ERMA: How do you draw? What are your materials?
AMY: It’s changed over time, and part of that is to make things go faster. I used to do everything in pencil, and then I’d ink it, and then scan and color it in Photoshop. I’ve worked off and on as a designer for so long that Photoshop is very second nature to me. Now I actually draw on my computer. Well, I sketch in pencil, take a picture and then ink it on a tablet. It goes a lot faster and I need a lot less stuff. That’s one thing about making comics — I don’t need a lot of stuff. When I was a printmaker, it required a lot of setup and cleanup, and a lot of space. I didn’t have that when I had little babies — I didn’t have that kind of time or space. I needed something that I could do really quickly, in little bits of time. I’m the primary caretaker of my two children and the youngest is three. I’ve worked really hard to make moments to work on comics. I’ve gotten it down to, if I have an hour, I can work for 59 minutes. The 30 seconds on either sides are just, like, turning on my computer. So I’ve tried to get rid of anything that takes time. I’m the most disciplined I’ve ever been about anything in my life when it comes to making comics!
ERMA: A benefit of being a parent?
AMY: Yah, I’ve talked about this with Sarah Romano Diehl, about how there’s something about the limitations [of parenthood] that can be really helpful for creative projects. Because you can’t do all the second guessing, all of the “oh, is this right??” No, you just gotta do it! And just get it out there! Don’t waste your time, don’t check your email…just work! It’s given me a hyperfocus that I didn’t have before.
ERMA: You mentioned that you are a printmaker. What’s your artistic background and training?
AMY: It started in college. I took a drawing class my sophomore year. Before that, I think I was planning to do something with writing or political science. That drawing class was really hard for me, it was really out of my comfort zone. It also felt really electric. It felt like, “you have to get to the heart of whatever this is”. So, I did. I started taking a lot of art classes, and when I found printmaking I knew that was the place for me. I loved all of the political posters, flyers and posters – art that’s made for everybody. Prints can be easily reproduced and interact with a huge audience in a way that’s different from work that hangs in a museum or a gallery and I love that. In printmaking, there was also a weirdness allowed that I wasn’t seeing in other departments of the little art department at my college. The print studio felt really inclusive and embracing.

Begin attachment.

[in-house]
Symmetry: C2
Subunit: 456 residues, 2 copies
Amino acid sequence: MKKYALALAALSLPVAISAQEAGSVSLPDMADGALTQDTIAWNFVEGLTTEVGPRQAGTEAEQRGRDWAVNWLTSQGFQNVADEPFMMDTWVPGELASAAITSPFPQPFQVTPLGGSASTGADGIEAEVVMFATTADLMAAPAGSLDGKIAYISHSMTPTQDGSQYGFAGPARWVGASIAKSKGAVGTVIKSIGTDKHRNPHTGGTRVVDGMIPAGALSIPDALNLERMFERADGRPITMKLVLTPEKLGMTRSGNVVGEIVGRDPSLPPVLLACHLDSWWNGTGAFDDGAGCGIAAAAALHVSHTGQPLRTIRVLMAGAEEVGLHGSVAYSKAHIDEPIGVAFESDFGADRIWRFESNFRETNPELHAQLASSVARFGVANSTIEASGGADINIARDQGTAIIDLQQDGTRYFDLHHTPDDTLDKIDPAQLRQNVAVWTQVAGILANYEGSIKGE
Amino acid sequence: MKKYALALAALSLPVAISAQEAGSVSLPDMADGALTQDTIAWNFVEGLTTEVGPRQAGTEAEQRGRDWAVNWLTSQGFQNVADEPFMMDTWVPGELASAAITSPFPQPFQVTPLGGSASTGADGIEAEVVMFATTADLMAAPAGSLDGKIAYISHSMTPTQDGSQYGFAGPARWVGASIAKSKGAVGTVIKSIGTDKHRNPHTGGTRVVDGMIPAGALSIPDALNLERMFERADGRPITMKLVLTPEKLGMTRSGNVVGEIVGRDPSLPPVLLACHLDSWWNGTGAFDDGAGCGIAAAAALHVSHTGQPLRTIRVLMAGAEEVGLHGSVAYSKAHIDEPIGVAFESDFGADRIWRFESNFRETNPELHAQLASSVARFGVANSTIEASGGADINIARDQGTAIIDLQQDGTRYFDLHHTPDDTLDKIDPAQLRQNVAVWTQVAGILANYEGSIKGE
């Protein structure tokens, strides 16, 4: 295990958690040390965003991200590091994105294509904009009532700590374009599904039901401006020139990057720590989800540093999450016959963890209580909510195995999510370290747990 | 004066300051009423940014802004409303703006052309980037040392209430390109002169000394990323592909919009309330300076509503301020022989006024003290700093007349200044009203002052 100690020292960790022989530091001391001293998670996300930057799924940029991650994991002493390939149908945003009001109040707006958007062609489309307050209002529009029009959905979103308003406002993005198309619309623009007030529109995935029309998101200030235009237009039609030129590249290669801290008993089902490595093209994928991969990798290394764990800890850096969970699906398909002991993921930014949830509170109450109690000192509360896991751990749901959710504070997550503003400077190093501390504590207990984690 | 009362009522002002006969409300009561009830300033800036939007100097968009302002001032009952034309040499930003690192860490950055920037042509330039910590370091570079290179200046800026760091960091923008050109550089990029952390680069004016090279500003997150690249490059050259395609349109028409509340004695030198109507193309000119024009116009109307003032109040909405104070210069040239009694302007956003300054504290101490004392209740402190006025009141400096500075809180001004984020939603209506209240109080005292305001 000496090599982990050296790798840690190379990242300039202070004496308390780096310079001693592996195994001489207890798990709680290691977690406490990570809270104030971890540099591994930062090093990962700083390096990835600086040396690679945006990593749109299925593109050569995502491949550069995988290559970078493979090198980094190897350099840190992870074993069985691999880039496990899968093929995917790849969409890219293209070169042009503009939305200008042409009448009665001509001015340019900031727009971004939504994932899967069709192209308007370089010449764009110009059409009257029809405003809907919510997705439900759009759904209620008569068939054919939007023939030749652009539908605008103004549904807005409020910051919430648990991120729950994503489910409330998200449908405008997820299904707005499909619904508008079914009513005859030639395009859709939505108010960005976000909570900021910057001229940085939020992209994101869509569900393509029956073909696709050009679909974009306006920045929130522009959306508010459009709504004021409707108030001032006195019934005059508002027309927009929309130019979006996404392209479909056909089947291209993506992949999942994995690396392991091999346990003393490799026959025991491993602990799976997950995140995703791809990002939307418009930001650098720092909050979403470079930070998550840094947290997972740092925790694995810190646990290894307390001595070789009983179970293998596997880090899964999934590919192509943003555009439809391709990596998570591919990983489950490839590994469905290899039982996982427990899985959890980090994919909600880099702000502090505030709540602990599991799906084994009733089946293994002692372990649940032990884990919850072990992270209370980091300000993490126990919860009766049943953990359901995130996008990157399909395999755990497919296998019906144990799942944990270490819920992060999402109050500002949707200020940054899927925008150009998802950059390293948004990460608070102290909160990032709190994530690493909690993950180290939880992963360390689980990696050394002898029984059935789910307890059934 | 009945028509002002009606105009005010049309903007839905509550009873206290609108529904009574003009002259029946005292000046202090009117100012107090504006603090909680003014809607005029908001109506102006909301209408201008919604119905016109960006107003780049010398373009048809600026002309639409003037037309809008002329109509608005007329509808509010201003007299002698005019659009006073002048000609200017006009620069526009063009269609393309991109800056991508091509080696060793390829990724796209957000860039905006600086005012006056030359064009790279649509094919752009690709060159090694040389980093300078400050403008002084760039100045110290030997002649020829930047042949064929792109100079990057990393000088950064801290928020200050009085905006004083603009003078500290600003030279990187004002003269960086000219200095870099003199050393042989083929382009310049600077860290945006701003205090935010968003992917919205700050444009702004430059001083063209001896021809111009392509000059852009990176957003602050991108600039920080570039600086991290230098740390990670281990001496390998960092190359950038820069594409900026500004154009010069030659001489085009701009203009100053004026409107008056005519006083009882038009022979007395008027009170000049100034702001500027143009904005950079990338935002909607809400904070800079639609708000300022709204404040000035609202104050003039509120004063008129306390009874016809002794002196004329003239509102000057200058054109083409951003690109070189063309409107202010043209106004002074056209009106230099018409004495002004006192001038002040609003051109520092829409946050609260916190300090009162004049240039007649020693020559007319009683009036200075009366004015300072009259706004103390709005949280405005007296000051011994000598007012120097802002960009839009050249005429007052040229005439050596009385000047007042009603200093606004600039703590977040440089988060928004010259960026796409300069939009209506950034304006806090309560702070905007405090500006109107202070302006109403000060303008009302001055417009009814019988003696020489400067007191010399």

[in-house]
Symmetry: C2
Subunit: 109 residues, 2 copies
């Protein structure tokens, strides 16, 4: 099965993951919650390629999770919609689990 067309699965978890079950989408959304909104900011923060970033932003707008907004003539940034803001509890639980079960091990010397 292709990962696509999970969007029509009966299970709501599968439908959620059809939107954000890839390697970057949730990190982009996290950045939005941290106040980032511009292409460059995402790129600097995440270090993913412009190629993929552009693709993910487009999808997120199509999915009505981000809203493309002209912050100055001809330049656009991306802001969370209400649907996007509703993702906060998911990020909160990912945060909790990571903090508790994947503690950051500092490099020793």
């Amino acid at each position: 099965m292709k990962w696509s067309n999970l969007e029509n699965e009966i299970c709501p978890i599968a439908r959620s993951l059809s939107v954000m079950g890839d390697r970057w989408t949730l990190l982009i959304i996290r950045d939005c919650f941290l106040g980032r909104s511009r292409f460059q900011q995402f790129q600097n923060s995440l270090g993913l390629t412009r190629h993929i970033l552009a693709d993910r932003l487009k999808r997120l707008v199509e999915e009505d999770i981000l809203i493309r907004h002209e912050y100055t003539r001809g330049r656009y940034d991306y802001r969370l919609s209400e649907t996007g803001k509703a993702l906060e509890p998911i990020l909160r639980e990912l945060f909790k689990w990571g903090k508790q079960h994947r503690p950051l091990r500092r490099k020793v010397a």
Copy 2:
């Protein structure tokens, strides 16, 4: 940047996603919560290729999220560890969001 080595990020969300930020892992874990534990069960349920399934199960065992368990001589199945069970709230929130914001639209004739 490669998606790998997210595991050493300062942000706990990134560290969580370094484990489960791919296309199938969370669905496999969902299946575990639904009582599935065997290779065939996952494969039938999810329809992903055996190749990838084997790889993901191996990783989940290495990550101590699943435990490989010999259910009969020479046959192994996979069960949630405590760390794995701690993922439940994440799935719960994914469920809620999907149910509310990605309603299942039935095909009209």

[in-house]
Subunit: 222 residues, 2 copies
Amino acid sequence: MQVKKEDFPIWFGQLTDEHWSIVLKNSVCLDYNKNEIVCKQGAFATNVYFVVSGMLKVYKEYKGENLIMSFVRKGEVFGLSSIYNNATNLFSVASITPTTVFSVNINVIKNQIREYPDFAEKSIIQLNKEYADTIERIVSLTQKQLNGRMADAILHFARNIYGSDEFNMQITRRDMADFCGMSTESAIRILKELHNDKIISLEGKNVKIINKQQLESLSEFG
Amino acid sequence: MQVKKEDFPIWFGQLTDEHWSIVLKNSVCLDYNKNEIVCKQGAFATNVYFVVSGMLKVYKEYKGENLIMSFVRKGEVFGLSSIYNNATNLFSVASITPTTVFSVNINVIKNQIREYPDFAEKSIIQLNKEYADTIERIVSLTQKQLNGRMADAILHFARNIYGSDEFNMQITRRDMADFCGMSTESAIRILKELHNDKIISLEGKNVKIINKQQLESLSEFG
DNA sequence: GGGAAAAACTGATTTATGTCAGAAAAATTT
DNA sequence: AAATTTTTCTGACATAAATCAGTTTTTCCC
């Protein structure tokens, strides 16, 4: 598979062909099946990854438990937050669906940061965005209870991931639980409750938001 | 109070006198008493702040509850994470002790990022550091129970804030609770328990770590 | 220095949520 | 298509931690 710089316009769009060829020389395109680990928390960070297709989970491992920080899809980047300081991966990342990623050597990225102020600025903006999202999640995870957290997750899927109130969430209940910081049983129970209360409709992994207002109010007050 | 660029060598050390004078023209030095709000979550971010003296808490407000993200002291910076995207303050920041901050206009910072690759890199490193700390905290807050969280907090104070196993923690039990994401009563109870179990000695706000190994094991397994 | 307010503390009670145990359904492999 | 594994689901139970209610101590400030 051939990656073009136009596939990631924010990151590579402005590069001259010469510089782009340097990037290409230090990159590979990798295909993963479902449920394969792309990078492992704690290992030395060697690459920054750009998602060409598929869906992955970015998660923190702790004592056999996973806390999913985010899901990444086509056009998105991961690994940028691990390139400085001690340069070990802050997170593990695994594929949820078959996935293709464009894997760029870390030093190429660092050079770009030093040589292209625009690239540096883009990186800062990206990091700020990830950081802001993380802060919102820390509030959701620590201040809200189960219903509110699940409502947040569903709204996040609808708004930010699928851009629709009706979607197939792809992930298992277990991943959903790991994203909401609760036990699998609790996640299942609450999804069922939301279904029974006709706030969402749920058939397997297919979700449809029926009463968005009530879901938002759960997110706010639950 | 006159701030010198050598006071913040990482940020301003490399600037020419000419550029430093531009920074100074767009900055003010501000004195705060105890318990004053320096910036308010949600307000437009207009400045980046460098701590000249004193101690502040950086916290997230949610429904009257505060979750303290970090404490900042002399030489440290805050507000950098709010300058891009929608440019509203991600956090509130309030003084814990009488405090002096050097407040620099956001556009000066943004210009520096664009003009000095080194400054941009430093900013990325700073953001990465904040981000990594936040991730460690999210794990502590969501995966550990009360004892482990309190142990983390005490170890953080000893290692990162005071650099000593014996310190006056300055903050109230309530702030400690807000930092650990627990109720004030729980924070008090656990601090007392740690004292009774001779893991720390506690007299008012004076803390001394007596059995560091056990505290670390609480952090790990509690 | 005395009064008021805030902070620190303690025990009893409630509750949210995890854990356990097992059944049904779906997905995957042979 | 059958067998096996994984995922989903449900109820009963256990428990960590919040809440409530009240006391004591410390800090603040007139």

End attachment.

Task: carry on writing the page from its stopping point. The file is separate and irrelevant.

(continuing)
I was in my mid-30s when I finally started making comics. It suddenly just felt like a thing I had to do. It was really compelling.
After college, I started a lot of projects but I didn’t finish most of them. I also went back to school for art education and social justice and taught for a long time. I’ve done a lot of work with kids and photography, exploring the idea of “how do you document yourself when you’re already represented in a larger cultural narrative?” Ideas around self-representation. For a long time, there was something about making my own stuff that just felt too indulgent. I’m not sure how I feel about that now. I was in my mid-30s when I finally started making comics. It suddenly just felt like a thing I had to do. It was really compelling. Once I started, I couldn’t stop.
ERMA: What was your intention when you started making comics, and is it any different now?
AMY: It’s still very much the same. I actually never considered myself a comic artist when I started – I’d always loved comics but never considered my work on that level. I think I called what I made “illustrated stories.” I started calling them comics with some confidence when I started participating in Short Run [Comix and Art Festival]. It’s such an inclusive festival and so many things can fall under the umbrella of “comics.” That is really appealing to me.
As an artist, my biggest inspiration has been Lynda Barry. The way she tells stories through so many forms – comics, writing, teaching – just felt so true to me. Her work has resonated with me so much at different points in my life. If I had a guiding intention from the beginning, it would be to make something like that.
ERMA: You have in common with Lynda Barry that you are telling stories about your childhood, or about your own children. How do you decide how to tell those stories?
AMY: Well, I’ve always remembered my childhood really clearly. I especially remember how I felt at specific moments. I’m always so baffled when people tell me they can’t remember their childhood – I feel like I remember being a kid more than I remember last week! Childhood memory is something that Lynda Barry talks about – just the funniness of autobiography, how memory is a tricky thing. I revisit my stories all the time as I try to make sense of who I am. They are funny and sort of precious to me and I like making them into comics. I sometimes wonder how “true” they are.
ERMA: I love the way you talk about your own anxiety in your work. I’m the parent of an anxious kid, and so much of what you say rings true to me, and even makes her reality more clear to me. You are able to infuse humor into your anxiety stories — could you tell me about the process of finding that voice? How did you learn to tell funny stories about your own discomfort?
AMY: I think I’ve walked the line of humor and something much darker my whole life. Also, anxiety makes us do weird stuff and sometimes that’s really funny! I’ve spent so much of my life trying to not be anxious, trying to push away or ignore the discomfort I felt everyday. I think my comics are the opposite of that. They are kind of an acknowledgment and even celebration of anxiety.